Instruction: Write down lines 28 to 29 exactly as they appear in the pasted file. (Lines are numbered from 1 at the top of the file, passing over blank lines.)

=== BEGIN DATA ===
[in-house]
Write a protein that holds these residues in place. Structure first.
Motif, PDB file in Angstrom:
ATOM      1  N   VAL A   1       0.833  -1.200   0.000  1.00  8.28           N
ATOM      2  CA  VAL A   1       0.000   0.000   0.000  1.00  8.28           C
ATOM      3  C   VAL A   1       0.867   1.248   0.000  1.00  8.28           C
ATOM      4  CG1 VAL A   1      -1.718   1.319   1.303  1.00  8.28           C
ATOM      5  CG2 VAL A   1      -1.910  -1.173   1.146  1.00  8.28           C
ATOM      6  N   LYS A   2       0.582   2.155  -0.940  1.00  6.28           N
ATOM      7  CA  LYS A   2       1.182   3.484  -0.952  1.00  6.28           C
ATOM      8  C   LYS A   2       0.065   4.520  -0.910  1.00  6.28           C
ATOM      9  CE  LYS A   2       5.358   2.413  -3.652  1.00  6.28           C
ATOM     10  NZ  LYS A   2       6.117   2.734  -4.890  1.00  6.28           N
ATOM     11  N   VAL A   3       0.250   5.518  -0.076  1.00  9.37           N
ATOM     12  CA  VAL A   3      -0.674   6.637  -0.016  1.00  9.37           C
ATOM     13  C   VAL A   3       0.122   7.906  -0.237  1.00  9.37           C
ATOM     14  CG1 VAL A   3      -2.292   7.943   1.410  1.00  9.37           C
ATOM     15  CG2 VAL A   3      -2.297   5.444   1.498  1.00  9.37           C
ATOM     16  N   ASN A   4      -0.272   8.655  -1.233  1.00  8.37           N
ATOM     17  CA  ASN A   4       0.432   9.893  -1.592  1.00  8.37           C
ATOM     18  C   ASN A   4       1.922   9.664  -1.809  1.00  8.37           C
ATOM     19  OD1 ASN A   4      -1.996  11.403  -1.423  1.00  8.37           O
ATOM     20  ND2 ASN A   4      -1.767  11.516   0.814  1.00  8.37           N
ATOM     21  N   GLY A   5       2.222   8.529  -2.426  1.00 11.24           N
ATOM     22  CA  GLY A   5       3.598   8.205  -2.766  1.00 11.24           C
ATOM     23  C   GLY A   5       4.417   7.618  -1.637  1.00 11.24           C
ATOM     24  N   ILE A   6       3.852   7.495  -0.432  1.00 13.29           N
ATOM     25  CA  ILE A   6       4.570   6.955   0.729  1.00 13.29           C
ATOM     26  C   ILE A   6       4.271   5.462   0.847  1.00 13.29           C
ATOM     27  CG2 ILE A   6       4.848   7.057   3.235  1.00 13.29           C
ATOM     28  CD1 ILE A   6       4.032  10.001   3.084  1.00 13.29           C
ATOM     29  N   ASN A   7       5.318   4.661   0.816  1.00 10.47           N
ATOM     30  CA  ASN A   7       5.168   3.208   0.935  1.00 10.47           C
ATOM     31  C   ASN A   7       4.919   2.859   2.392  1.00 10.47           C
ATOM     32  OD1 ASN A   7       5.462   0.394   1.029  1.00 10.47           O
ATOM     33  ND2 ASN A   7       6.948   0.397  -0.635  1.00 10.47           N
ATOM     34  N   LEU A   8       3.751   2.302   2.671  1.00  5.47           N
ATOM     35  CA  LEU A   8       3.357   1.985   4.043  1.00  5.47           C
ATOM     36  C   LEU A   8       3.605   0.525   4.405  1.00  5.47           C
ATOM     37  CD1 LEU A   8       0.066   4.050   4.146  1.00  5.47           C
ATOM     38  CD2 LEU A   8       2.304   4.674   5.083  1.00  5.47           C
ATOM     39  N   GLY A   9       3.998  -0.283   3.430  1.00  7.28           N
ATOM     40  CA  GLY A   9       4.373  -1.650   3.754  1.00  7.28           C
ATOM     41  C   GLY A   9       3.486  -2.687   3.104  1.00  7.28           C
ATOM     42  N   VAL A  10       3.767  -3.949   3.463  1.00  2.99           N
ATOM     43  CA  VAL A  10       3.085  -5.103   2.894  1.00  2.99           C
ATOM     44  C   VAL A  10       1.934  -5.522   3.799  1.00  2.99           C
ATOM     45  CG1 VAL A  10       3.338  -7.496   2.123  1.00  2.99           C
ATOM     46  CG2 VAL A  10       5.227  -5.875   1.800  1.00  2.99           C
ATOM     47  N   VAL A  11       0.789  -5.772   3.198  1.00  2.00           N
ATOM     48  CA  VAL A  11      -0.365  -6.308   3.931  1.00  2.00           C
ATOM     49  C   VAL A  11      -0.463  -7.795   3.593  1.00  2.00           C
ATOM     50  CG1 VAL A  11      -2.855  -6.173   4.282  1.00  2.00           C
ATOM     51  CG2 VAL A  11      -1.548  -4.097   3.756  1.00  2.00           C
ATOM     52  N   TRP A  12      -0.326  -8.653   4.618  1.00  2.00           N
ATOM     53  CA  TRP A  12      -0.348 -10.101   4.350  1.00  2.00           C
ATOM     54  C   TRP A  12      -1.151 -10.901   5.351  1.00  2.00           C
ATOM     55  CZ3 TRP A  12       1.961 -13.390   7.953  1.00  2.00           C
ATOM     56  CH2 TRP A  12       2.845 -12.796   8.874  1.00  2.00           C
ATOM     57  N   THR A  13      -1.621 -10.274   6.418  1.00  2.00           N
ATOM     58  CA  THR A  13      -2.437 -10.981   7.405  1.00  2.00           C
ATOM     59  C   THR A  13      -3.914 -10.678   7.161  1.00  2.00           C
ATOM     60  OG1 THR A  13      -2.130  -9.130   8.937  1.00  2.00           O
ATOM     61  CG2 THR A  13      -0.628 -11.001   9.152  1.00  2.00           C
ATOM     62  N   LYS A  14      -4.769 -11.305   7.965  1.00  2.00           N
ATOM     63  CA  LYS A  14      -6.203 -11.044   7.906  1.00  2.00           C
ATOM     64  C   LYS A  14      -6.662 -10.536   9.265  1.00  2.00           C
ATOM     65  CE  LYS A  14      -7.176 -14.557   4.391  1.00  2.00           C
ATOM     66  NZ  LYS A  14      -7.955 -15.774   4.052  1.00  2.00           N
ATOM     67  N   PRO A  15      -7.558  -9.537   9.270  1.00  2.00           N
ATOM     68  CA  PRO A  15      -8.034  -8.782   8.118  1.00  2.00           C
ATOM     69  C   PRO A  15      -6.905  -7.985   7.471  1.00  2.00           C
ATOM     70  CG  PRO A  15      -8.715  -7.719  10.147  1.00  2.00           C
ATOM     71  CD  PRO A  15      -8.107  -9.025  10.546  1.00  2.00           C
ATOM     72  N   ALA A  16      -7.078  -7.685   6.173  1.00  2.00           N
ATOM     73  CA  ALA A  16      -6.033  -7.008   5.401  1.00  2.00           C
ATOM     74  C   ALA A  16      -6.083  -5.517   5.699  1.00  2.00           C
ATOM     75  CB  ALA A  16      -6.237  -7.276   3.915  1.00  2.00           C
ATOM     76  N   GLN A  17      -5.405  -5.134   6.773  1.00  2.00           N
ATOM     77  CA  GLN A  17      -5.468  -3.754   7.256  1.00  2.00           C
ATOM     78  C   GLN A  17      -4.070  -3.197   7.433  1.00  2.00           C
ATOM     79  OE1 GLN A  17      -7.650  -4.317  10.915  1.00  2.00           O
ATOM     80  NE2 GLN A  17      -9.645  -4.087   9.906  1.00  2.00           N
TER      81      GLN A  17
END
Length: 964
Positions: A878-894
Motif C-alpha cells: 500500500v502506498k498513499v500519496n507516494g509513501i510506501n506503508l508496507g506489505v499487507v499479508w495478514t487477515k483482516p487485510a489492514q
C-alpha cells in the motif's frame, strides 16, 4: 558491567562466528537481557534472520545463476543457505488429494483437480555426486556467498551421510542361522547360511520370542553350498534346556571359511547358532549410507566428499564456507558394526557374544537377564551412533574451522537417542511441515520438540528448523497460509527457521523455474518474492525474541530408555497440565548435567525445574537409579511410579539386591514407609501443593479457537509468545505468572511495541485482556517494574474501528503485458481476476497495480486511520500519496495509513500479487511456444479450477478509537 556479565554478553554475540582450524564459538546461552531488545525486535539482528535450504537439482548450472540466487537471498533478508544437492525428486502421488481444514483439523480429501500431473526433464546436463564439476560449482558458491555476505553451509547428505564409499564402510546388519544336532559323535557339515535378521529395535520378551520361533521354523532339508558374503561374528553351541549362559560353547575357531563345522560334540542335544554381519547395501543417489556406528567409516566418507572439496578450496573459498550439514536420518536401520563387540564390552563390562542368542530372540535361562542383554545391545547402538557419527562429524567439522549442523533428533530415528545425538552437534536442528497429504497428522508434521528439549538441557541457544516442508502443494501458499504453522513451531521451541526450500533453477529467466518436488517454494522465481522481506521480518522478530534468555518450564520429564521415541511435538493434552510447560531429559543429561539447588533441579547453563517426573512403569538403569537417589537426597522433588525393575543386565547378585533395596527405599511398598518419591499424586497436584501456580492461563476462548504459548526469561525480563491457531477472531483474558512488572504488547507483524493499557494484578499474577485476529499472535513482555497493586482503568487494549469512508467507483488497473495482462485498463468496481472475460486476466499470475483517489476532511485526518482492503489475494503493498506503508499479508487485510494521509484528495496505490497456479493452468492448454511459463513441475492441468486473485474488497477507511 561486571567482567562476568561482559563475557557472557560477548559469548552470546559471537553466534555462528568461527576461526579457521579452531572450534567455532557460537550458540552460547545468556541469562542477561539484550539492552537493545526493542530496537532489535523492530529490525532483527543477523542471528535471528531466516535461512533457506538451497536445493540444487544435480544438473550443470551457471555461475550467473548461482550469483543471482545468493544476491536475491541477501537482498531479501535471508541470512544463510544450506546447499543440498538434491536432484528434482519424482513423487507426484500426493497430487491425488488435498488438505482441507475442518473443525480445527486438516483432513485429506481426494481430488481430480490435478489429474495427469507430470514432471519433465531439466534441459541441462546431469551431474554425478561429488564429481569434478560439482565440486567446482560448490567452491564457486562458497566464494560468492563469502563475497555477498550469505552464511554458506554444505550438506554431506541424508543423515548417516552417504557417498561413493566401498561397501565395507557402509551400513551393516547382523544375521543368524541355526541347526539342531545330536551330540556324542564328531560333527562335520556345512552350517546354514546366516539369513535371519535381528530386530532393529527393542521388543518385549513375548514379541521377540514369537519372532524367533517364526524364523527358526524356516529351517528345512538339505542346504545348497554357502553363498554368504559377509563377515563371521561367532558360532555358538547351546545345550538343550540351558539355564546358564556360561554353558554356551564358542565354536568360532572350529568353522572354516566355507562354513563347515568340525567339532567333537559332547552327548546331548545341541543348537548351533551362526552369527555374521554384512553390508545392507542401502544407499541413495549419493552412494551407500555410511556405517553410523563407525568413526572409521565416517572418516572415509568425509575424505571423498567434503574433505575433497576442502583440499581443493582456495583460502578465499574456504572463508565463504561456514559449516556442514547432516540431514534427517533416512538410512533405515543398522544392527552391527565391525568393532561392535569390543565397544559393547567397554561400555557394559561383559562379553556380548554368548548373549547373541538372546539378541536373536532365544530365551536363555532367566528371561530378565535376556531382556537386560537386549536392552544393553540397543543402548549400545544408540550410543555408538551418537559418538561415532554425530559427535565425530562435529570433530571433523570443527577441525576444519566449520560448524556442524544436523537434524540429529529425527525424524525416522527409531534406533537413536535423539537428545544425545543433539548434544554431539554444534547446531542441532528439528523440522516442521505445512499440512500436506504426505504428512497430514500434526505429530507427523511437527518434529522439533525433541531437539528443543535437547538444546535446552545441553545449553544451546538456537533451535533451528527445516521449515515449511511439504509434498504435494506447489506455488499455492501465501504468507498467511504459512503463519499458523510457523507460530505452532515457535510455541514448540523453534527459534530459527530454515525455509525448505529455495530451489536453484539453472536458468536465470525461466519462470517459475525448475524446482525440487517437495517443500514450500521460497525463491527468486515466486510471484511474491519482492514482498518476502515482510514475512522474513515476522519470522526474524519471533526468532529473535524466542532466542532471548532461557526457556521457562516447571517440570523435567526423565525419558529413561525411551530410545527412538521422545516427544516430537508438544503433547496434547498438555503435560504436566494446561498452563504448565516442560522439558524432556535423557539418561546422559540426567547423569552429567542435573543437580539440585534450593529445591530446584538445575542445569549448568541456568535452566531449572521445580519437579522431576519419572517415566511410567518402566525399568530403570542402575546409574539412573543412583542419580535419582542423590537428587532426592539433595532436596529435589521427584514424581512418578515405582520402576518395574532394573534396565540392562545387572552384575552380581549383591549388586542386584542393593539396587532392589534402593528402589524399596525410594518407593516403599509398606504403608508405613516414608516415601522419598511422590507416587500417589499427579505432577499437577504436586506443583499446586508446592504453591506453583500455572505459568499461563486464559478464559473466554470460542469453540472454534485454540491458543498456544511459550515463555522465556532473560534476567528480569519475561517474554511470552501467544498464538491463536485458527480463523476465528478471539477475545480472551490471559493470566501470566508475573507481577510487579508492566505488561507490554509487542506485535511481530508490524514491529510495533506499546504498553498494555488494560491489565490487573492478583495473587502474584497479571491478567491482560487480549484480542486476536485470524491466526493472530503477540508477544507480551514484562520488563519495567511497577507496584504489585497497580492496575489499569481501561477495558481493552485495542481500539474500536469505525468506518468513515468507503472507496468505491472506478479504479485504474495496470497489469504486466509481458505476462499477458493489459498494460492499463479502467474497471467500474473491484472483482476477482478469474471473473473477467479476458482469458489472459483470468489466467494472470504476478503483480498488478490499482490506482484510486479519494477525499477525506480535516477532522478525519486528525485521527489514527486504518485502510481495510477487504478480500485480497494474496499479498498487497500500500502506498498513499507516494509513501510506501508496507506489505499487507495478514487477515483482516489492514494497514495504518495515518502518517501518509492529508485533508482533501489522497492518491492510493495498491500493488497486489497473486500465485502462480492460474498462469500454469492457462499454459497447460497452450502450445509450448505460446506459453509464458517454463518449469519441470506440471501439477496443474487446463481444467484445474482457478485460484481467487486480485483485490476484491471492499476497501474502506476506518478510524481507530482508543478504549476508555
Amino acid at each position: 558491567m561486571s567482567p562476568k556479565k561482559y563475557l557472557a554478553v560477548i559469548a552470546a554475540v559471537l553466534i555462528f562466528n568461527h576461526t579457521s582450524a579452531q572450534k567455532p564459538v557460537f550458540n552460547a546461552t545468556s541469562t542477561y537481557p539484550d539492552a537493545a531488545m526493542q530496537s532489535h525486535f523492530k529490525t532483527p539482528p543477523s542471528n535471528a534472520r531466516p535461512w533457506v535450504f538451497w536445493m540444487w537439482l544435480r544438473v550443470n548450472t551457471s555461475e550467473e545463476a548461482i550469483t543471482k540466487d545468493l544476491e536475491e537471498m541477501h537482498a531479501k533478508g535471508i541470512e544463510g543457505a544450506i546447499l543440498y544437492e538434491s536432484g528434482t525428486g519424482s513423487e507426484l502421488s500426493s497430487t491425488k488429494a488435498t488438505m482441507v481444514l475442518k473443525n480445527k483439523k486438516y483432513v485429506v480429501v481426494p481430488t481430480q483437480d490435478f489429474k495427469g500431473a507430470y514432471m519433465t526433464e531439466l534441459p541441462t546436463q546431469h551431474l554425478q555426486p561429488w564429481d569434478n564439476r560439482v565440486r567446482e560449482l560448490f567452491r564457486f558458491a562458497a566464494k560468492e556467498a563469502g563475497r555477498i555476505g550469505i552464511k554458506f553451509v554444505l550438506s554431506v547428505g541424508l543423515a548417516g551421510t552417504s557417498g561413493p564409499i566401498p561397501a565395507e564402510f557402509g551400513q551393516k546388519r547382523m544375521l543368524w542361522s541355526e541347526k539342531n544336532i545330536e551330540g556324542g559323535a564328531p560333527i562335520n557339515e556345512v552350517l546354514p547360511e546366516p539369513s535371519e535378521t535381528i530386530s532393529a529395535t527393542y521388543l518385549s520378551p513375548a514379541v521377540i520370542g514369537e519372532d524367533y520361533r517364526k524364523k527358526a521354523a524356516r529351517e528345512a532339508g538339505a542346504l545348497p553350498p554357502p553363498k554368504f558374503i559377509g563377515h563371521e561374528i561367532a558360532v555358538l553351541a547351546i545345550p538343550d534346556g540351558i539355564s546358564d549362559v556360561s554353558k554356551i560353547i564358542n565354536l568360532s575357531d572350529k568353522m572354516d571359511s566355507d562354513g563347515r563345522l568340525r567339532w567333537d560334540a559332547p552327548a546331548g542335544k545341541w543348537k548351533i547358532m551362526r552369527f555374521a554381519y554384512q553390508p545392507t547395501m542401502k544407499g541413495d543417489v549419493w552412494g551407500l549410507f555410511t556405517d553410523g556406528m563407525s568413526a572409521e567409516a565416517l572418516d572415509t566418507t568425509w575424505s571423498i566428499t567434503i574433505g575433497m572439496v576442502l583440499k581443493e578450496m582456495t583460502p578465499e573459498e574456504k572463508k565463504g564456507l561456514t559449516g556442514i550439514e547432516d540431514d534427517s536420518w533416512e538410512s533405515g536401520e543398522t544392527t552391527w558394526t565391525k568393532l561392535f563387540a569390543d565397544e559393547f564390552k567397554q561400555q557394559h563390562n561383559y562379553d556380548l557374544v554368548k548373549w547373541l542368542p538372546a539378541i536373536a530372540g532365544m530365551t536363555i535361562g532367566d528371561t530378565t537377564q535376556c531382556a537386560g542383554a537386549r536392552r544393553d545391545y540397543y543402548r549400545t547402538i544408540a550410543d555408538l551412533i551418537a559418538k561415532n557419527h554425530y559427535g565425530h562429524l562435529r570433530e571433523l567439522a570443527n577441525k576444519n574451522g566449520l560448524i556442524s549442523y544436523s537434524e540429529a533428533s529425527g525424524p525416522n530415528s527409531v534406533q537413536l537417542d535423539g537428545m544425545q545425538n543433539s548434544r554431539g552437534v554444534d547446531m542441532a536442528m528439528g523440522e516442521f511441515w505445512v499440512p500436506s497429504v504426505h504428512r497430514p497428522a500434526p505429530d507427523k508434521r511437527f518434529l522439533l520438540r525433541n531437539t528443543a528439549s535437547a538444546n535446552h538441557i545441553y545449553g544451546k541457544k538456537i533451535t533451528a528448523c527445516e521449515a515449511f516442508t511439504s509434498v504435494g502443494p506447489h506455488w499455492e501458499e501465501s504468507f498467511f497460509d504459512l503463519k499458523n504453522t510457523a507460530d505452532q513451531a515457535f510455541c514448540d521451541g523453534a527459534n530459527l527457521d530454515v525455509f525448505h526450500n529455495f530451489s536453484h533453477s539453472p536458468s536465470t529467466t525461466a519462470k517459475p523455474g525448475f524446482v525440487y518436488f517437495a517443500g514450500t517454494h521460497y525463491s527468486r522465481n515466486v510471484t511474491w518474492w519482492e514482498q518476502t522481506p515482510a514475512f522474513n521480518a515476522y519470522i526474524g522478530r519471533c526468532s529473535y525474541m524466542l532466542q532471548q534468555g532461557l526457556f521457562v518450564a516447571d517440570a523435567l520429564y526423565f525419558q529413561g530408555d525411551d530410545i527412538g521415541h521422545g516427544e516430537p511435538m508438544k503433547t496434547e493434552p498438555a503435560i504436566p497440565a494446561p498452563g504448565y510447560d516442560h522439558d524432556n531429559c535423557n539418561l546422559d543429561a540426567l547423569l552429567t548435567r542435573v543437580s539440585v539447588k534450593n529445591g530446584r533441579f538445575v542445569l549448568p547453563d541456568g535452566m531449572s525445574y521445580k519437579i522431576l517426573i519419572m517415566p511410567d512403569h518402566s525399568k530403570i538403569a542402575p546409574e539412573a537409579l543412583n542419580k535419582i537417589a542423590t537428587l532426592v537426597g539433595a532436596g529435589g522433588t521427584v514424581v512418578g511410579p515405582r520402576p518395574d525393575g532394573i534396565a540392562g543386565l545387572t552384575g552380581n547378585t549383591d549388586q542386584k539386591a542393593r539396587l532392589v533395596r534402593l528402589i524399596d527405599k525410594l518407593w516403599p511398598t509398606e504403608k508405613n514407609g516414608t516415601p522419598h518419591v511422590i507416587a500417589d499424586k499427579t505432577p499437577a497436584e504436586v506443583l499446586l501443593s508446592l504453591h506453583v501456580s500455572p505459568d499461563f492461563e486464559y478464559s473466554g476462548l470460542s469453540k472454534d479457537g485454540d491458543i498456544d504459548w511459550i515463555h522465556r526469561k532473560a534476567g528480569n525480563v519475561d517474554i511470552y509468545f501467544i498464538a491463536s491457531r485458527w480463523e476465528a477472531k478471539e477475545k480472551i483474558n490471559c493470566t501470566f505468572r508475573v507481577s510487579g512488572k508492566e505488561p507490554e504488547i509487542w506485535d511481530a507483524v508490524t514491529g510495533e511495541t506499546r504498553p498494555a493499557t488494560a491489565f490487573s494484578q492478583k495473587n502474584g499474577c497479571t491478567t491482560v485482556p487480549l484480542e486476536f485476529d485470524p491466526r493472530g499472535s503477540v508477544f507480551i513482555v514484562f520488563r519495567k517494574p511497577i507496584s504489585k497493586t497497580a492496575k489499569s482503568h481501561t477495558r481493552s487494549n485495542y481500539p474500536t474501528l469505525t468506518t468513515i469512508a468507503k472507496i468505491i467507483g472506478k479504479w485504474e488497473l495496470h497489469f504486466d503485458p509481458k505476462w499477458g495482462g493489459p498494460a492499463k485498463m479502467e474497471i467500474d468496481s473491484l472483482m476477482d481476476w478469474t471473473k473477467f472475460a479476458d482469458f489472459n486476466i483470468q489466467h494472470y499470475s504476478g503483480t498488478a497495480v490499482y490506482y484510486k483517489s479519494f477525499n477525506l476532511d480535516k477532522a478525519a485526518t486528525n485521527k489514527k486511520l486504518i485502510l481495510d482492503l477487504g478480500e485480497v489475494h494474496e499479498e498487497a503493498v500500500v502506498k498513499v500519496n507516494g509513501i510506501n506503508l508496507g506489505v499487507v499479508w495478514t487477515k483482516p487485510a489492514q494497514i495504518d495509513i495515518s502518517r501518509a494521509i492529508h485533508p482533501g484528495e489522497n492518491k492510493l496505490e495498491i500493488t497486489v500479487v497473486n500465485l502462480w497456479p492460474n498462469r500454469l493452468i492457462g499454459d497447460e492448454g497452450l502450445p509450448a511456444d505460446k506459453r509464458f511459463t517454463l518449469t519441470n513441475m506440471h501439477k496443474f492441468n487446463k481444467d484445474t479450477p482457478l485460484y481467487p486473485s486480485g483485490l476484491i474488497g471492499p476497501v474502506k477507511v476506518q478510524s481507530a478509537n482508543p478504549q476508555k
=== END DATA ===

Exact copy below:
ATOM     25  CA  ILE A   6       4.570   6.955   0.729  1.00 13.29           C
ATOM     26  C   ILE A   6       4.271   5.462   0.847  1.00 13.29           C